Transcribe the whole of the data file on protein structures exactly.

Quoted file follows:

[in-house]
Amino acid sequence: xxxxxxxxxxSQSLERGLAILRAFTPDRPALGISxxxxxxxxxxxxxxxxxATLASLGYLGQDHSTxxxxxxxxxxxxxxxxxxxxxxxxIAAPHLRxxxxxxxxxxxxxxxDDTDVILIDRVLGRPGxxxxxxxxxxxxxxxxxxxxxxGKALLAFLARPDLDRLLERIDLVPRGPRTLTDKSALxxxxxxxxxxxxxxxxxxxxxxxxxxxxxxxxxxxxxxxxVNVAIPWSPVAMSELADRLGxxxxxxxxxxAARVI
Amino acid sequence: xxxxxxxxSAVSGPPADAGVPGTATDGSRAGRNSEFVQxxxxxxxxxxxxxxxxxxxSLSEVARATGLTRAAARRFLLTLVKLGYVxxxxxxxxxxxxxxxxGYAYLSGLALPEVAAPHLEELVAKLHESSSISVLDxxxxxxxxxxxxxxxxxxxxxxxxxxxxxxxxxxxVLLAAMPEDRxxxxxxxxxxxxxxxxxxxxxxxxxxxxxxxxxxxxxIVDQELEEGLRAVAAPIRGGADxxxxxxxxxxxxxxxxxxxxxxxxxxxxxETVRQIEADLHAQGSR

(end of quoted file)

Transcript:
[in-house]
Amino acid sequence: xxxxxxxxxxSQSLERGLAILRAFTPDRPALGISxxxxxxxxxxxxxxxxxATLASLGYLGQDHSTxxxxxxxxxxxxxxxxxxxxxxxxIAAPHLRxxxxxxxxxxxxxxxDDTDVILIDRVLGRPGxxxxxxxxxxxxxxxxxxxxxxGKALLAFLARPDLDRLLERIDLVPRGPRTLTDKSALxxxxxxxxxxxxxxxxxxxxxxxxxxxxxxxxxxxxxxxxVNVAIPWSPVAMSELADRLGxxxxxxxxxxAARVI
Amino acid sequence: xxxxxxxxSAVSGPPADAGVPGTATDGSRAGRNSEFVQxxxxxxxxxxxxxxxxxxxSLSEVARATGLTRAAARRFLLTLVKLGYVxxxxxxxxxxxxxxxxGYAYLSGLALPEVAAPHLEELVAKLHESSSISVLDxxxxxxxxxxxxxxxxxxxxxxxxxxxxxxxxxxxVLLAAMPEDRxxxxxxxxxxxxxxxxxxxxxxxxxxxxxxxxxxxxxIVDQELEEGLRAVAAPIRGGADxxxxxxxxxxxxxxxxxxxxxxxxxxxxxETVRQIEADLHAQGSR